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6 Responses to “Fireworks”

  1. Khori Smith says:

    Keep up the great work Mike. Your writing is always sooooo relevant! 🙂


  2. KC Bruce says:


    I think your analysis here reflects an even older medieval view that the mind/heart had three components: reason, will, and appetite or desire. Reason should rule the will and will should rule the appetite. To get that out of order was the definition of insanity or sickness. Which is why love (appetite rules the will) is treated as a sickness in Shakespeare and others of that period.

    It might also be useful to note that the connotation of “passion” has changed somewhat over the past hundred years or so. It used to be associated–as you suggest–with animal passions: anger, lust, greed, etc. Over the last couple of decades, it has taken on a more positive aspect–having a sincere commitment to a goal, as in a “passion for excellence.” The founding fathers had something different than we in their use of that term.

    I think it is fascinating how the founding fathers seem to get so much right and build a government structure that could strike the right balance of freedom and government. Too much “freedom” and we get license and anarchy, ultimately being overtaken by tyranny. Too much “government” and we strangle individual and institutional possibilities in a web of control.

    It seems that we go back to that persistent question: what model best explains our experience? And again, it seems that Christianity seems (to me at least) to capture this constant struggle between the possibilities for good and evil in mankind. The struggle described by Paul between the old man and the new man or between the carnal mind and the mind of Christ seems to articulate the human condition well. And to form a government that attempts to strike the right balance between those extremes also seems to give us a turbulent, but workable, way of moving forward.

    Let us hope that the pendulum keeps swinging inside the boundaries and doesn’t swing so wildly as to break the whole mechanism.

  3. Brody Bond says:

    Can’t conscience and prudence be applied passionately?

  4. Mike Metzger says:


    You hit the nail on the head – the framers did know a great deal about human nature and yes, the meaning of “passion” has grown more positive (I’m reminded of Flannery O’Connor’s wry observation that as society loses a sense of the divine, everything must go “positive”). Your comments also remind me of Richard Weaver’s observation (“Idea Have Consequences”) that there is a divine element in speech and those most facile with language are usually most adept at defining reality. So yes, the meaning of passion might have changed over the last 100 years (it has in fact) but the bigger story is how this indicates Christianity no longer defining reality as broadly as it once did….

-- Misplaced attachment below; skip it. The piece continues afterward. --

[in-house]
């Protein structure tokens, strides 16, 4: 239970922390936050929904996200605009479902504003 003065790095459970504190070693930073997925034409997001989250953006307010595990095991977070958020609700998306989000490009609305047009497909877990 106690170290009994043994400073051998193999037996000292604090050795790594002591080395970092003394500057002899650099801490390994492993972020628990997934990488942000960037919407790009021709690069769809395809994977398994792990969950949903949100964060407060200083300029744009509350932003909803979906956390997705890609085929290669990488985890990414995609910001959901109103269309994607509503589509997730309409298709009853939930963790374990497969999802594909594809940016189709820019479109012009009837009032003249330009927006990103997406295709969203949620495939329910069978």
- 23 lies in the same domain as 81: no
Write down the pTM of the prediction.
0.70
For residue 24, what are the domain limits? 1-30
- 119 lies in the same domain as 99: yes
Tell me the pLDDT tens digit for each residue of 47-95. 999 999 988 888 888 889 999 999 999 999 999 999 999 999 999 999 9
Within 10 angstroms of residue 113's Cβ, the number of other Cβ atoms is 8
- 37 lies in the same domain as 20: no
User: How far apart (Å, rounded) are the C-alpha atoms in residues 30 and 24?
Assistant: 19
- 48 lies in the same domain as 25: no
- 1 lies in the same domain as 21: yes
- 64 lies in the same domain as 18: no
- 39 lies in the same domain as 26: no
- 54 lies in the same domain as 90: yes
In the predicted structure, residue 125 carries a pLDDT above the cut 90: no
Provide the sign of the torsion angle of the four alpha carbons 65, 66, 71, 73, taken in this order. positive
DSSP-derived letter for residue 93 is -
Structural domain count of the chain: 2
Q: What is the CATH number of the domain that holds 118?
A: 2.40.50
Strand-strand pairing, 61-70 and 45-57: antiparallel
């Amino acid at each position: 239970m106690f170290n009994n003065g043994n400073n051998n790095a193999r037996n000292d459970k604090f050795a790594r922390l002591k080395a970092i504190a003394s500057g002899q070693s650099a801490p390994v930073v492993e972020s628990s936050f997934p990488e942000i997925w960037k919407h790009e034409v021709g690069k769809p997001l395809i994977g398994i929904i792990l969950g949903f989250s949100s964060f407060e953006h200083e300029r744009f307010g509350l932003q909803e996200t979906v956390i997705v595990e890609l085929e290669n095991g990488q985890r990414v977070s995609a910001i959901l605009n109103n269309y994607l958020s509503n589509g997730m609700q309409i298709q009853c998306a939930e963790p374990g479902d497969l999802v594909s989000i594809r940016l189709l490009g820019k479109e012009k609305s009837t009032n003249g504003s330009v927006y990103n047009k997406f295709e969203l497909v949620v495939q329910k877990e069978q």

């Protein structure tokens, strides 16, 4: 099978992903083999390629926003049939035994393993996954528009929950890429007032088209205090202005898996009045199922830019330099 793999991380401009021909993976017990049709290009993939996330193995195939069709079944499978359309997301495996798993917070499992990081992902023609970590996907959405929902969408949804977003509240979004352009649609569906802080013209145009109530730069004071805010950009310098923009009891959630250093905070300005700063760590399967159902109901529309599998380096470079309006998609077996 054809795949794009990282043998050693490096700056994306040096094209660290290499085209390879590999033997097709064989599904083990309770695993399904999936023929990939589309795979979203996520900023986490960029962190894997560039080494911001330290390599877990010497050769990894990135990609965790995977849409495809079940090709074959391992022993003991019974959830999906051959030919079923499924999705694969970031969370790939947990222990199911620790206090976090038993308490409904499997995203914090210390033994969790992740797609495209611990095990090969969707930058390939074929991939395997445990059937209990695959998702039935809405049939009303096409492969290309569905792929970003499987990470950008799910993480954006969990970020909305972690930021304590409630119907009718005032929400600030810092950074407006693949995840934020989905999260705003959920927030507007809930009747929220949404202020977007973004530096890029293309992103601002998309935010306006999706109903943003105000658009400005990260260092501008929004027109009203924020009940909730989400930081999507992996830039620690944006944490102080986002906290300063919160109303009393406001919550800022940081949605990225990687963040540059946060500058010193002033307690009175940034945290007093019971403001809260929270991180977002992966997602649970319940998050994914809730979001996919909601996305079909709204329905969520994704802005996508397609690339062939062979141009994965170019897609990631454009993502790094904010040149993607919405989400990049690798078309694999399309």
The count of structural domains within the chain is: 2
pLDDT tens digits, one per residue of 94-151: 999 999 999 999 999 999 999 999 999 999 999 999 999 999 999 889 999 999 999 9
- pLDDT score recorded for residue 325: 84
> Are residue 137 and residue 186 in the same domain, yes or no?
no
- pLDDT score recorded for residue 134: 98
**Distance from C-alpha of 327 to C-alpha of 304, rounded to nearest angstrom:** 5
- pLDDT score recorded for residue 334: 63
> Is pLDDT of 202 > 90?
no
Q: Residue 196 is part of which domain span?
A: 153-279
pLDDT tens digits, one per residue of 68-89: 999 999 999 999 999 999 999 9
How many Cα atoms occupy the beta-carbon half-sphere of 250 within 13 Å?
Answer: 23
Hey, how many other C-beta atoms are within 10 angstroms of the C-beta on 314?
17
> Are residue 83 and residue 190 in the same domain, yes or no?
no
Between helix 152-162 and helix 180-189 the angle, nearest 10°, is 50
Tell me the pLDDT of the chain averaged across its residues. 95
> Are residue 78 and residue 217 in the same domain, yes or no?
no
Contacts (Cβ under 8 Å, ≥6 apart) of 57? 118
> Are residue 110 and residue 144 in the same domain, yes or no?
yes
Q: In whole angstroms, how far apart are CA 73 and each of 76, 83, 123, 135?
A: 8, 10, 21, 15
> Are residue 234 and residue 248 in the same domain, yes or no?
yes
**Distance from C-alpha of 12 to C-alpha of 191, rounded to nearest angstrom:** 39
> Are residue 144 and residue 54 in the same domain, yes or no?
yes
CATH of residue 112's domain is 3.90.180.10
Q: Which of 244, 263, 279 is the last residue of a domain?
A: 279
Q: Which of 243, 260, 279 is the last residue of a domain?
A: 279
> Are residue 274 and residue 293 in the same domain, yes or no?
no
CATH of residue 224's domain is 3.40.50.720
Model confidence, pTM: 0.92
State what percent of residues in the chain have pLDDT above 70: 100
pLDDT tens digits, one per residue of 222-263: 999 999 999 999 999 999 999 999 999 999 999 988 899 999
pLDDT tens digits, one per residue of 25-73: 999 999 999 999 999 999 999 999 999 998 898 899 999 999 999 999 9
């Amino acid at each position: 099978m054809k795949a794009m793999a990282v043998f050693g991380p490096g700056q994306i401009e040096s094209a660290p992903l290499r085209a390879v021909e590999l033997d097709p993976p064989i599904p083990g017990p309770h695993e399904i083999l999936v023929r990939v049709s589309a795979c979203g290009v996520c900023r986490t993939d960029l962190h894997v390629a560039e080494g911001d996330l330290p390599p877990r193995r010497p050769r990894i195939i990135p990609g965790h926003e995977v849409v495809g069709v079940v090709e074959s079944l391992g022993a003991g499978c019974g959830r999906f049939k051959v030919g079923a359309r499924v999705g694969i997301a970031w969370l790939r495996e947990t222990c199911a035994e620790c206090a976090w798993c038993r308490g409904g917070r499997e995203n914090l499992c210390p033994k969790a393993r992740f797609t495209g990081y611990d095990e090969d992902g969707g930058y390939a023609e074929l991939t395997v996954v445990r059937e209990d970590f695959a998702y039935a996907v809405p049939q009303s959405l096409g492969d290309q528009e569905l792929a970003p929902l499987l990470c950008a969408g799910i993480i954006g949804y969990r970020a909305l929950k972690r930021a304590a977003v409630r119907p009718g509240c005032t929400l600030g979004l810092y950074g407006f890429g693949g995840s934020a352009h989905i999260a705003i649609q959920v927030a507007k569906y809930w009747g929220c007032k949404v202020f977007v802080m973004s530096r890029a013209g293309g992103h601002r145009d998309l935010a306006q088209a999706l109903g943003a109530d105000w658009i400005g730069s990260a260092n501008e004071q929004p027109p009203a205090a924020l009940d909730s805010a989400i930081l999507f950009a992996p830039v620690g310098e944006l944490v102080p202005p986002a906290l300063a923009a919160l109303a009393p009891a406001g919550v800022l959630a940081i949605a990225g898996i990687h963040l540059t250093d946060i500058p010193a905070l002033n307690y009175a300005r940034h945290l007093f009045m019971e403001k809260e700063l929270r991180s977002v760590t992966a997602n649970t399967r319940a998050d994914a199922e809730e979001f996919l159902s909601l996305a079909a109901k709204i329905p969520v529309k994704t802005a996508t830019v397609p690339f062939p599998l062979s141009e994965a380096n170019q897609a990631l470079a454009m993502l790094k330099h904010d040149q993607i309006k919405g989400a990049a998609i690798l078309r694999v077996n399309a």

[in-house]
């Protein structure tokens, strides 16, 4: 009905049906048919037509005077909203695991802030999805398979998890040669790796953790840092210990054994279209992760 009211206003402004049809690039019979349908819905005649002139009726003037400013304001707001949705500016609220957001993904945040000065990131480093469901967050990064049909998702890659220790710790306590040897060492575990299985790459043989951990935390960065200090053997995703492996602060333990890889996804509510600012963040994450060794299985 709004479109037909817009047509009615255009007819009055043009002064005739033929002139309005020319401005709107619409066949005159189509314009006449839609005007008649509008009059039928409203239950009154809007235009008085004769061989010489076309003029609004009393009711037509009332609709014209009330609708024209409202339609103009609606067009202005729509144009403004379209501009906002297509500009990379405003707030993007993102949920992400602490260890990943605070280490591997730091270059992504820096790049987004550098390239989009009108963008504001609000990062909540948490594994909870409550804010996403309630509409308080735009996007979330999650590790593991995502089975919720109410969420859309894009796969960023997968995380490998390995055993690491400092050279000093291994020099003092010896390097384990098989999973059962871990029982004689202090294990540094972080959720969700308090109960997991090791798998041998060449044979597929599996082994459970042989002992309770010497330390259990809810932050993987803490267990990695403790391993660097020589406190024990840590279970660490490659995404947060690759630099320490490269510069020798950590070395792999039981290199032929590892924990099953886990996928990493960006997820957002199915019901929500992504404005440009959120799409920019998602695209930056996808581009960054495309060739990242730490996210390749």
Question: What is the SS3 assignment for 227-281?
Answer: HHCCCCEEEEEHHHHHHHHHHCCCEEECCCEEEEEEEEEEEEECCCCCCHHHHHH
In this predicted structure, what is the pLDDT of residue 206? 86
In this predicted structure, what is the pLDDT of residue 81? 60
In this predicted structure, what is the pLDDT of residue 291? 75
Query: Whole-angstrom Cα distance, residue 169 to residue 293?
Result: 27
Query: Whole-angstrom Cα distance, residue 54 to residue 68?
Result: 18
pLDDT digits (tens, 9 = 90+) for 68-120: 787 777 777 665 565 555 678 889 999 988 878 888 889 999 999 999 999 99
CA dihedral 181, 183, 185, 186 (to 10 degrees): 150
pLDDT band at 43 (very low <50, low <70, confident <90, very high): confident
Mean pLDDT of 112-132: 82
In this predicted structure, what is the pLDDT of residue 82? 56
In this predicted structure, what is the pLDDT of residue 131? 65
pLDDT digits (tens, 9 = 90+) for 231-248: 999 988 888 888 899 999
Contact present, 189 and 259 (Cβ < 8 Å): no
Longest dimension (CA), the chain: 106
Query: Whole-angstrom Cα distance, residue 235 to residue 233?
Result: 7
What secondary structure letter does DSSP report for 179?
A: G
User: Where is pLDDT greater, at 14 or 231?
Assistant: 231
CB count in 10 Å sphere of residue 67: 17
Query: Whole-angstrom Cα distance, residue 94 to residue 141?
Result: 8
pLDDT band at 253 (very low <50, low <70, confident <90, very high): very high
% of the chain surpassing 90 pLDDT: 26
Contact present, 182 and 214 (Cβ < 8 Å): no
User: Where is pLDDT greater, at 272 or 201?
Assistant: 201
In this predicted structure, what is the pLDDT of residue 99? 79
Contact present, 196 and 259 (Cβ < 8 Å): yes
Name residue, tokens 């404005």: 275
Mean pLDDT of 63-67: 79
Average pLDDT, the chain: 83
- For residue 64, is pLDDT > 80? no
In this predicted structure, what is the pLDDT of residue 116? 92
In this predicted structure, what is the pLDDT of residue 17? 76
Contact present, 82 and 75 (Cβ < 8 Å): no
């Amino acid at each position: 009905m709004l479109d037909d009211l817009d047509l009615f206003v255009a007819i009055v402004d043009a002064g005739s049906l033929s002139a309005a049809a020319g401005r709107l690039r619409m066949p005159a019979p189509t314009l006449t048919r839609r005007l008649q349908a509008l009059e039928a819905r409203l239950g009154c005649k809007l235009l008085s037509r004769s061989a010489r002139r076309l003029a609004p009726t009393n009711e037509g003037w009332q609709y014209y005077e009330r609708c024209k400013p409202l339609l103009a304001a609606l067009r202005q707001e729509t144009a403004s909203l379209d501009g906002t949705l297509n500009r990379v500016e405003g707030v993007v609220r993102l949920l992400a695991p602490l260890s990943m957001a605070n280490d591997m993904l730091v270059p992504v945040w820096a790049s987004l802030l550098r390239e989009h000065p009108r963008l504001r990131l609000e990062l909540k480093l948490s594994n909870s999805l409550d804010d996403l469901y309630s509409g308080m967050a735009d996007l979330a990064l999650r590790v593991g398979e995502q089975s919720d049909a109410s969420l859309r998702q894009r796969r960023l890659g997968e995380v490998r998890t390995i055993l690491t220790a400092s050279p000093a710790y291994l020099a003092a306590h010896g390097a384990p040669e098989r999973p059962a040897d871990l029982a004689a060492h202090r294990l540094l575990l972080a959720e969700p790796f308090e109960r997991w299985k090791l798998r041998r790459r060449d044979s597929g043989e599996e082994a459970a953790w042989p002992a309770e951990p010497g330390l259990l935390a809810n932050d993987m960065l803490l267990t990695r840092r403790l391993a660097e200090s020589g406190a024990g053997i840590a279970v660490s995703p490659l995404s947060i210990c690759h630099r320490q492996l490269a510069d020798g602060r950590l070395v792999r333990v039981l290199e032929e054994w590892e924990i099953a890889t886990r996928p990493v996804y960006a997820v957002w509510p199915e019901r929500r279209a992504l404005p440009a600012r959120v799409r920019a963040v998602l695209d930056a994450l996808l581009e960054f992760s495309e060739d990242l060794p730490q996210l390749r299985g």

… which leads to me to Brody’s question…

    we hate to be the bearer of bad news, but the question is disconnected from how the Judeo-Christian tradition defines reality. The Bible only speaks of “applying” oneself to a problem or situation. You cannot “apply” conscience and prudence “passionately.” You can apply yourself to gaining wisdom by acting in good conscience – which is antithetical to acting passionately.

    God created with wise words – language. There is a divine element in our words and they do matter. To redefine reality in ways that do not correspond to reality is part of what Paul refers to as grieving the Spirit (c.f., Ephesians 4:29-32).

  5. Brody Bond says:


    You know I’m with you on virtually everything, but I just don’t think I can buy that gaining wisdom is antithetical to acting passionately.

    Surely, there are semantic issues here – and that might be the whole of it. But, I can’t find virtue – nor any evidence of non-puritanical success – in those who live without passion.

    Is it misguided to say that Jesus was “passionate” about doing the will of the Father?

  6. Mike Metzger says:


    Here’s an idea: study every passage in scripture on “passion” and draw your own conclusion on how it is defined. We agree that we don’t get to define reality – we align with it according to how God defines reality. Do a study and see what scripture says.

    I would also suggest that you are feeling the effects of other definitions of passion. Ancient ideas like “enthusiastic” and “purposeful” deem to lose their luster next to this new definition of passion. That’s a loss for for our faith. Furthermore, yes, Jesus did experience passion. It has ben referred to as Passion Week and refers to his suffering – another definition of passion.

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